It's also possible to control controllers with other controllers using the '-kx' option. Normally when you add a controller, you're controlling the last specified chain operator. '-kx' changes this. Let's take an example:

  4. ecasound -i file.wav -o /dev/dsp -ea:100 -kos:1,0,100,0.5,0 -kx -kos:4,0.1,5,0.5,0

    Same as before, but now another 0.5Hz sine oscillator is controlling the frequency of the first oscillator.

  5. ecasound -i file.wav -o /dev/dsp -ef3:1000,1.0,1.0 -kos:1,500,2000,1,0 \
    -kos:2,0.2,1.0,0.5,0 \
    -kx -km:1,0.1,1.5,2,1
  6. Ok, let's get real whacky. Here a 1Hz sine oscillator is assigned to the cutoff frequency, while other controller is controlling resonance. Now we add a MIDI-controller, that controls the second sine oscillator.

Multitrack Recording

  1. ecasound -c -b:256 -r -f:16,2,44100 \
  2. It really is this simple. To minimize syncronization problems, a small buffersize is set with '-b:buffer_size_in_samples'. This time I set it to 256 samples. To ensure flawless recording, runtime priority is risen with '-r'. Then a default sample format is set with '-f:bits,channels,sample_rate'. Now all that's left is to specify two chains: one for monitoring and one for recording. When using the above command, you need to have some way of monitoring the signal that's been recorded. A common way is to enable hw-monitoring (unmute/adjust the line-in level from your mixer app). If you want to use ecasound for monitoring, you have to add a separate chain for it:

  3. ecasound -c -b:256 \
  4. One thing to note that there are some differences in how OSS soundcard drivers handle full-duplex (playback and recording at the same time) operation. Some drivers allow the same device to be opened multiple times (like in above example we open '/dev/dsp' once for recording and once for playback.

    You can always do test recordings until you find the optimal volume levels (using the soundcard mixer apps and adjusting source volume), but ecasound offers a better way to do this. This is a bit ugly, but what's most important, it works in text-mode:

  5. ecasound -c -f:16,2,44100 -a:1 -i /dev/dsp0 -o /dev/dsp3 -ev
  6. Basicly this just records from one OSS input, puts the signal through an analyze ('-ev') effect and outputs to an OSS output. The secret here is that you can get volume statistics with the estatus (or es) command in interactive mode. Newer ecasound versions (1.8.5 and newer) come with 'ecasignalview', which is a standalone app that can monitor signal level in realtime.


    Here's a few real-life mixdown examples.

  1. ecasound -c \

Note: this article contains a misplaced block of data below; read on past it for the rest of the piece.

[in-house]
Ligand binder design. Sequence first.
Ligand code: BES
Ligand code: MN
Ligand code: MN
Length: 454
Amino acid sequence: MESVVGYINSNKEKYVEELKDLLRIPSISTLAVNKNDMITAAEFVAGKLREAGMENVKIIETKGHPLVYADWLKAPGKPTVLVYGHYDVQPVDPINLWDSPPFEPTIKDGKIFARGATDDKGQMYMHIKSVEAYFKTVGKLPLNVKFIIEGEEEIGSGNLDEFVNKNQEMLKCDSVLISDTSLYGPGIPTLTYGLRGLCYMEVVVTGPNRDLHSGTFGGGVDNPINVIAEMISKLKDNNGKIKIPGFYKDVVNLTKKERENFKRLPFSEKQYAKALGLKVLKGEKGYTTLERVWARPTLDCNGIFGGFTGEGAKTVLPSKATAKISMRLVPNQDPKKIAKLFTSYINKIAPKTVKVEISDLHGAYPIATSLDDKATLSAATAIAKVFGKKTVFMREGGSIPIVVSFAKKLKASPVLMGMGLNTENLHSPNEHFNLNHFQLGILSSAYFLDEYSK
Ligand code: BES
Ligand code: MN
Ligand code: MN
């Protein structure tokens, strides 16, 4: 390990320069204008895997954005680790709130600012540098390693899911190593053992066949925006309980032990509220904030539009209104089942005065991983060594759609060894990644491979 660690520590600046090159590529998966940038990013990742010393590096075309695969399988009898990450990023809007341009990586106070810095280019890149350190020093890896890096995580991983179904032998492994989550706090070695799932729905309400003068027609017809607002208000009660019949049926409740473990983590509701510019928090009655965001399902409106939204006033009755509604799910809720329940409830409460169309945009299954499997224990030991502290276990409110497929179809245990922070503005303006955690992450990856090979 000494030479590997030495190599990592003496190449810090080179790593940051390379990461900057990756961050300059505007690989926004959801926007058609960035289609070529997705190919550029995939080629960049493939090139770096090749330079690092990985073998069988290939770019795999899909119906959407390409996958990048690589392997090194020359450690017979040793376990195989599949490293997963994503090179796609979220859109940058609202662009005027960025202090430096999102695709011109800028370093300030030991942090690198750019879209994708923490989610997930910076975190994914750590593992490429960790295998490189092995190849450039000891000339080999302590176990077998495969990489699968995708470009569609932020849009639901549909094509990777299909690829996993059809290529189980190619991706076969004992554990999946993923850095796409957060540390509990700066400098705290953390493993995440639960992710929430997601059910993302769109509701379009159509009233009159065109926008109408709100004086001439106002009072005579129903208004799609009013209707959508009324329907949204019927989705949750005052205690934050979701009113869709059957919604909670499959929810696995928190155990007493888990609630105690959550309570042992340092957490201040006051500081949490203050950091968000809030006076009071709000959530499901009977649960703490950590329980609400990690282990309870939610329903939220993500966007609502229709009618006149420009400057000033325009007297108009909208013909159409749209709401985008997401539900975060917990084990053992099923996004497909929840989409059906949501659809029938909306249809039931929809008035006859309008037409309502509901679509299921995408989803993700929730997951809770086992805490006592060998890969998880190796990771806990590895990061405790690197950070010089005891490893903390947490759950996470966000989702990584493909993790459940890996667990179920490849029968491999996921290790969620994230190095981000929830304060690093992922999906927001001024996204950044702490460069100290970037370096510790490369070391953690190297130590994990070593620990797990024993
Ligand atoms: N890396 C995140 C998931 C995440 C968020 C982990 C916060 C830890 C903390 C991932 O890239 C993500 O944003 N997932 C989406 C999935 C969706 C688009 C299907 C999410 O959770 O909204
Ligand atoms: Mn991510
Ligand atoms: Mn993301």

2. First of all, interactive-mode is selected with '-c'. Then four inputs (all stereo) are added. All four chains are then assigned to one output, which this time is the soundcard (/dev/dsp). That's all.

  3. ecasound -c -r \
  4. This second example is more complex. The same inputs are used, but this time effects (amplify '-ea:mix_percent' and normal pan '-epp:left_right_balance') are also used. Additionally we want to route the full mix to both the soundcard and to a file. We can accomplish this by using a virtual loop device. Here the first four chains are routed to a loop device 'loop,1', which again feeds the audio to both the soundcard '/dev/dsp' and to a WAVE file 'current-mix.wav'. In this example, runtime priority is also risen with '-r' (requires root privileges).

Cut, Copy and Paste

  1. ecasound -i bigfile.wav -o part1.wav -t:60.0
  2. ecasound -i bigfile.wav -y:60.0 -o part2.wav
  3. Here's a simple example where first 60 seconds of bigfile.wav is written to part1.wav and the rest to part2.wav. If you want to combine these files back to one big file:

  4. ecasound -i part2.wav -o part1.wav -y:500
  5. part2.wav is appended to part1.wav.

Multichannel Processing

    You need to worry about channel routing only if input and output channel counts don't match. Here's how you divide a 4-channel audio file into 4 mono files.

  1. ecasound -a:1,2,3,4 -i 4-channel-file.raw \

Signal Routing through External Devices

  1. ecasound -c -b:128 -r -f:16,2,44100 \
  2. So basicly, this is just like multirack recording. The only difference is that realtime input and output are externally connected.

Presets and LADSPA Effect Plugins

  1. ecasound -i null -o /dev/dsp -el:sine_fcac,440,1
  2. This produces a 440Hz sine tone (great for tuning your instruments!). For the above to work, LADSPA SDK needs to be installed (see

  3. ecasound -i:null -o:/dev/dsp -el:sine_fcac,880,1 -eemb:120,10 -efl:2000
  4. This results in audible metrome signal with tempo of 120BPM. Now the syntax might look a bit difficult for everyday use. Luckily ecasound's preset system will help in this situation. You can get the same exact result with:

  5. ecasound -i:null -o:/dev/dsp -pn:metronome,120
  6. See the file 'effect_presets' for a list of available effect presets. By default, location of this file is '/usr/local/share/ecasound/effect_presets'.

Use with JACK audio server

  1. ecasound -i foo.wav -o jack_alsa
  2. ecasound -i foo.wav -o jack
  3. This will create a separate JACK output port for each channel of foo.wav, and automatically connect these Ecasound ports to the ALSA PCM output ports in the JACK server. The second example will create JACK output ports, but does not establish any connections (you have to do this yourself with jack_connect, qjackconnet, qjackctl, or other similar tool).

  4. ecasound -c -i foo.wav -o jack_alsa -G:jack,eca_slave,recv
  5. Like in previous examples, but the ecasound client name (as shown to other JACK clients) is set to "eca_slave", and ecasound is configured to react to incoming transport changes (play, stop, seek, etc). By default ecasound both sends and reacts to transport events.

More MIDI examples

  1. ecasound -i somefile.wav -o /dev/dsp -efl:400 -km:1,400,4200,74,1
  2. The above is a simple example how MIDI is used to control an effect - here the low-pass filter -efl. The above uses OSS rawmidi access, which is equivalent to adding -Md:rawmidi,/dev/midi to the command line. To do the same with ALSA, the syntax is as follows:

  3. ecasound -i somefile.wav -o alsa -efl:400 -km:1,400,4200,74,1 -Md:rawmidi,/dev/snd/midiC0D0
  4. ecasound -i somefile.wav -o alsa -efl:400 -km:1,400,4200,74,1 -Md:alsaseq,80:1
  5. ecasound -i somefile.wav -o alsa -efl:400 -km:1,400,4200,74,1 -Md:alsaseq,KMidimon
  6. The first one uses the ALSA rawmidi interface and opens an ALSA device (card 0, device 0) for raw MIDI I/0. The second example uses the ALSA sequencer API, which is more powerful as you can route MIDI packets from and to other applications supporting the sequencer API. "80,1" and "KMidimon" are sequencr ports to which ecasound should connect. You can use the "aconnect" (part of alsa-utils) tool to list all available sequencer ports.

    Note: For ALSA sequencer support, you need ecasound-2.4.3 or newer.

Back to index.